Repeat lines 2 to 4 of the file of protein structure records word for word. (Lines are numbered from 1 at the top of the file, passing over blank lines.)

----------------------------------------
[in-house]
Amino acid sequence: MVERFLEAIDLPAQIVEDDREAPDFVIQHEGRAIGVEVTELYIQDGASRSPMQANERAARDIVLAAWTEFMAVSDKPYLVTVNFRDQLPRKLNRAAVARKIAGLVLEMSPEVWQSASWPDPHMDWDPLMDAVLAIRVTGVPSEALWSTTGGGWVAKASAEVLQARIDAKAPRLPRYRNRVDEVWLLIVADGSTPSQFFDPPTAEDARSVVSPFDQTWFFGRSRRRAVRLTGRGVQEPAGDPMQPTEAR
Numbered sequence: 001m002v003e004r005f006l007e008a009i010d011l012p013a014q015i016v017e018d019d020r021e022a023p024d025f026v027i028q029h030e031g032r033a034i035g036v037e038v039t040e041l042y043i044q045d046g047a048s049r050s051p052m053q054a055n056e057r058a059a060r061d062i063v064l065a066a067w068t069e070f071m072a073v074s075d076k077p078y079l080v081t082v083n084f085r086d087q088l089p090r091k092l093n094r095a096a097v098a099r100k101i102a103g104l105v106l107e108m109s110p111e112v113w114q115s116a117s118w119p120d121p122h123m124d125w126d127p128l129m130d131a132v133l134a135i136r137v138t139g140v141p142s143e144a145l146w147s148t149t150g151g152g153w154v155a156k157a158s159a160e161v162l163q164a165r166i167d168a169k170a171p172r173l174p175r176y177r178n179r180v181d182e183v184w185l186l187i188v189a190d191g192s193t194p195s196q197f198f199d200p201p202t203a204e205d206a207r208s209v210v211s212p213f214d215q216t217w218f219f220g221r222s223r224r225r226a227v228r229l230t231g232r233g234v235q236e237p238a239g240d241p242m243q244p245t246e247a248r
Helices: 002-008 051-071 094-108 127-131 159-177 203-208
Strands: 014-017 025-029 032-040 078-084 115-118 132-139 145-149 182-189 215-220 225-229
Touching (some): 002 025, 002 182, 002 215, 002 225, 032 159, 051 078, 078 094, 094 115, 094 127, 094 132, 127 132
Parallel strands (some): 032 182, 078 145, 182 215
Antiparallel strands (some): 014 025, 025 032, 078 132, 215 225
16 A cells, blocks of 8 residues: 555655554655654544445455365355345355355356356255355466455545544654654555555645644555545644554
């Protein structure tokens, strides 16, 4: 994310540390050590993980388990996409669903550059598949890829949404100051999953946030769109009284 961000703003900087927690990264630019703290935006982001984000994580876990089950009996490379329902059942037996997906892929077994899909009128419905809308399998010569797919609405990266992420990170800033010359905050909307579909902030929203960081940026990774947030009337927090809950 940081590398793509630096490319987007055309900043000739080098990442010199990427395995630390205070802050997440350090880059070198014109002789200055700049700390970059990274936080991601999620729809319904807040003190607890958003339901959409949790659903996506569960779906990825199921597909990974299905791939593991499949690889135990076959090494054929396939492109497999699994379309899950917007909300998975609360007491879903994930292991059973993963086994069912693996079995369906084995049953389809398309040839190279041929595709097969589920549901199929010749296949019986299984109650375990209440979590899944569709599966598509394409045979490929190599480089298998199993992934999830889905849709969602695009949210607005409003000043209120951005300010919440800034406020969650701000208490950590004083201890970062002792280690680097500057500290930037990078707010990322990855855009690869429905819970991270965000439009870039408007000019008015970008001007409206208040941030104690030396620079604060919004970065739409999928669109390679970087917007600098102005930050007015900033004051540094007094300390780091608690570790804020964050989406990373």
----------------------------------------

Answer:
Amino acid sequence: MVERFLEAIDLPAQIVEDDREAPDFVIQHEGRAIGVEVTELYIQDGASRSPMQANERAARDIVLAAWTEFMAVSDKPYLVTVNFRDQLPRKLNRAAVARKIAGLVLEMSPEVWQSASWPDPHMDWDPLMDAVLAIRVTGVPSEALWSTTGGGWVAKASAEVLQARIDAKAPRLPRYRNRVDEVWLLIVADGSTPSQFFDPPTAEDARSVVSPFDQTWFFGRSRRRAVRLTGRGVQEPAGDPMQPTEAR
Numbered sequence: 001m002v003e004r005f006l007e008a009i010d011l012p013a014q015i016v017e018d019d020r021e022a023p024d025f026v027i028q029h030e031g032r033a034i035g036v037e038v039t040e041l042y043i044q045d046g047a048s049r050s051p052m053q054a055n056e057r058a059a060r061d062i063v064l065a066a067w068t069e070f071m072a073v074s075d076k077p078y079l080v081t082v083n084f085r086d087q088l089p090r091k092l093n094r095a096a097v098a099r100k101i102a103g104l105v106l107e108m109s110p111e112v113w114q115s116a117s118w119p120d121p122h123m124d125w126d127p128l129m130d131a132v133l134a135i136r137v138t139g140v141p142s143e144a145l146w147s148t149t150g151g152g153w154v155a156k157a158s159a160e161v162l163q164a165r166i167d168a169k170a171p172r173l174p175r176y177r178n179r180v181d182e183v184w185l186l187i188v189a190d191g192s193t194p195s196q197f198f199d200p201p202t203a204e205d206a207r208s209v210v211s212p213f214d215q216t217w218f219f220g221r222s223r224r225r226a227v228r229l230t231g232r233g234v235q236e237p238a239g240d241p242m243q244p245t246e247a248r
Helices: 002-008 051-071 094-108 127-131 159-177 203-208